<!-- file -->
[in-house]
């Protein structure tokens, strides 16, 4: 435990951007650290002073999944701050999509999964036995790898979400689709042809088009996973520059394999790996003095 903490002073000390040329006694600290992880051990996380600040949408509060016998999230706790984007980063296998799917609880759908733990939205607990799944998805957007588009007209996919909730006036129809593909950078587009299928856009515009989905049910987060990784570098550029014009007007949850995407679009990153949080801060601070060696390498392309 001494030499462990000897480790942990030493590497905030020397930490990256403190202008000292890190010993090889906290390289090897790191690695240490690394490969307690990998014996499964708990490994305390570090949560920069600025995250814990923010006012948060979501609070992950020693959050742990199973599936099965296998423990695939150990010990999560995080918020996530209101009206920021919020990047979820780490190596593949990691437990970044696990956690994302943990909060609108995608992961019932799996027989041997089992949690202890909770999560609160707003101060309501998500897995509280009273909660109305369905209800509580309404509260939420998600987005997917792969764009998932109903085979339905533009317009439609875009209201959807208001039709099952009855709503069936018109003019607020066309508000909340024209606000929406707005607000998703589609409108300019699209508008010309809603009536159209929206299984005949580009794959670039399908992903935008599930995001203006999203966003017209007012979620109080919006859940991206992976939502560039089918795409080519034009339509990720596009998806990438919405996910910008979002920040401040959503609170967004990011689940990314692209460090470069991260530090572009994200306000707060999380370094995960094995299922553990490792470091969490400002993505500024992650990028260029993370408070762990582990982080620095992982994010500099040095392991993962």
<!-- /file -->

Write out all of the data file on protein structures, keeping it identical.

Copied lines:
[in-house]
């Protein structure tokens, strides 16, 4: 435990951007650290002073999944701050999509999964036995790898979400689709042809088009996973520059394999790996003095 903490002073000390040329006694600290992880051990996380600040949408509060016998999230706790984007980063296998799917609880759908733990939205607990799944998805957007588009007209996919909730006036129809593909950078587009299928856009515009989905049910987060990784570098550029014009007007949850995407679009990153949080801060601070060696390498392309 001494030499462990000897480790942990030493590497905030020397930490990256403190202008000292890190010993090889906290390289090897790191690695240490690394490969307690990998014996499964708990490994305390570090949560920069600025995250814990923010006012948060979501609070992950020693959050742990199973599936099965296998423990695939150990010990999560995080918020996530209101009206920021919020990047979820780490190596593949990691437990970044696990956690994302943990909060609108995608992961019932799996027989041997089992949690202890909770999560609160707003101060309501998500897995509280009273909660109305369905209800509580309404509260939420998600987005997917792969764009998932109903085979339905533009317009439609875009209201959807208001039709099952009855709503069936018109003019607020066309508000909340024209606000929406707005607000998703589609409108300019699209508008010309809603009536159209929206299984005949580009794959670039399908992903935008599930995001203006999203966003017209007012979620109080919006859940991206992976939502560039089918795409080519034009339509990720596009998806990438919405996910910008979002920040401040959503609170967004990011689940990314692209460090470069991260530090572009994200306000707060999380370094995960094995299922553990490792470091969490400002993505500024992650990028260029993370408070762990582990982080620095992982994010500099040095392991993962």